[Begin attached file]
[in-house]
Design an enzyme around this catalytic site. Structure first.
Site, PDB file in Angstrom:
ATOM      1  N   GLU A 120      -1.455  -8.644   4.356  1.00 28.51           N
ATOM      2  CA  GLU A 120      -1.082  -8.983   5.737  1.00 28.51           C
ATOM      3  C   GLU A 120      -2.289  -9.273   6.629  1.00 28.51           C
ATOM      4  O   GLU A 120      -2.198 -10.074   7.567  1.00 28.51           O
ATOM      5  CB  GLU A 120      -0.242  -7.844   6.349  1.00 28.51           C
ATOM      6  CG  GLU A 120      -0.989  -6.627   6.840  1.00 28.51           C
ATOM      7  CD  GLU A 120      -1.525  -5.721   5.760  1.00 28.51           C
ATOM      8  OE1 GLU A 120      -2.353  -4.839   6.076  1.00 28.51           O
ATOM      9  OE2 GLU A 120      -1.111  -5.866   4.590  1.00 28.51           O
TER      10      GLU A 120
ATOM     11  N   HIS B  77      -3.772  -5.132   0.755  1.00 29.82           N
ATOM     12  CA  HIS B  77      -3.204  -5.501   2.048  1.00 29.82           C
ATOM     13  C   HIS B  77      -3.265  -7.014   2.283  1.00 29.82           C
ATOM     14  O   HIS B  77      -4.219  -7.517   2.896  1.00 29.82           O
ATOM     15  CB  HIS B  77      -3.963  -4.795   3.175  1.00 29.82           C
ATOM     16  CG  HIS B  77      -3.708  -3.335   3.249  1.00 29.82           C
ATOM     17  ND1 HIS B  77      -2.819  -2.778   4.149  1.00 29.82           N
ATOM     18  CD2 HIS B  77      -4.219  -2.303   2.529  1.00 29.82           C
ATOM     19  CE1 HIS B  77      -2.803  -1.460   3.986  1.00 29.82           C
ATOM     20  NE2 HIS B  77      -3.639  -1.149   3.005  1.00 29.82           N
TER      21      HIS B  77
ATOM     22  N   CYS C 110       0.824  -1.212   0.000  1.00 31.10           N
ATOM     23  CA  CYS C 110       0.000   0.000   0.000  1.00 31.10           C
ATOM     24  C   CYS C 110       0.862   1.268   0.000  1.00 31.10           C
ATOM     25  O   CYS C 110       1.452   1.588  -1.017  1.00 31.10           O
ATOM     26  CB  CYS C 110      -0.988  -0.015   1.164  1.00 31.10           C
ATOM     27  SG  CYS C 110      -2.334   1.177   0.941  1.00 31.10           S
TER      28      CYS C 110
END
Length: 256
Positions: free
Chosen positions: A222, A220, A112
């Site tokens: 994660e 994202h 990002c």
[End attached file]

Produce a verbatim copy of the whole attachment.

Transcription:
[in-house]
Design an enzyme around this catalytic site. Structure first.
Site, PDB file in Angstrom:
ATOM      1  N   GLU A 120      -1.455  -8.644   4.356  1.00 28.51           N
ATOM      2  CA  GLU A 120      -1.082  -8.983   5.737  1.00 28.51           C
ATOM      3  C   GLU A 120      -2.289  -9.273   6.629  1.00 28.51           C
ATOM      4  O   GLU A 120      -2.198 -10.074   7.567  1.00 28.51           O
ATOM      5  CB  GLU A 120      -0.242  -7.844   6.349  1.00 28.51           C
ATOM      6  CG  GLU A 120      -0.989  -6.627   6.840  1.00 28.51           C
ATOM      7  CD  GLU A 120      -1.525  -5.721   5.760  1.00 28.51           C
ATOM      8  OE1 GLU A 120      -2.353  -4.839   6.076  1.00 28.51           O
ATOM      9  OE2 GLU A 120      -1.111  -5.866   4.590  1.00 28.51           O
TER      10      GLU A 120
ATOM     11  N   HIS B  77      -3.772  -5.132   0.755  1.00 29.82           N
ATOM     12  CA  HIS B  77      -3.204  -5.501   2.048  1.00 29.82           C
ATOM     13  C   HIS B  77      -3.265  -7.014   2.283  1.00 29.82           C
ATOM     14  O   HIS B  77      -4.219  -7.517   2.896  1.00 29.82           O
ATOM     15  CB  HIS B  77      -3.963  -4.795   3.175  1.00 29.82           C
ATOM     16  CG  HIS B  77      -3.708  -3.335   3.249  1.00 29.82           C
ATOM     17  ND1 HIS B  77      -2.819  -2.778   4.149  1.00 29.82           N
ATOM     18  CD2 HIS B  77      -4.219  -2.303   2.529  1.00 29.82           C
ATOM     19  CE1 HIS B  77      -2.803  -1.460   3.986  1.00 29.82           C
ATOM     20  NE2 HIS B  77      -3.639  -1.149   3.005  1.00 29.82           N
TER      21      HIS B  77
ATOM     22  N   CYS C 110       0.824  -1.212   0.000  1.00 31.10           N
ATOM     23  CA  CYS C 110       0.000   0.000   0.000  1.00 31.10           C
ATOM     24  C   CYS C 110       0.862   1.268   0.000  1.00 31.10           C
ATOM     25  O   CYS C 110       1.452   1.588  -1.017  1.00 31.10           O
ATOM     26  CB  CYS C 110      -0.988  -0.015   1.164  1.00 31.10           C
ATOM     27  SG  CYS C 110      -2.334   1.177   0.941  1.00 31.10           S
TER      28      CYS C 110
END
Length: 256
Positions: free
Chosen positions: A222, A220, A112
């Site tokens: 994660e 994202h 990002c």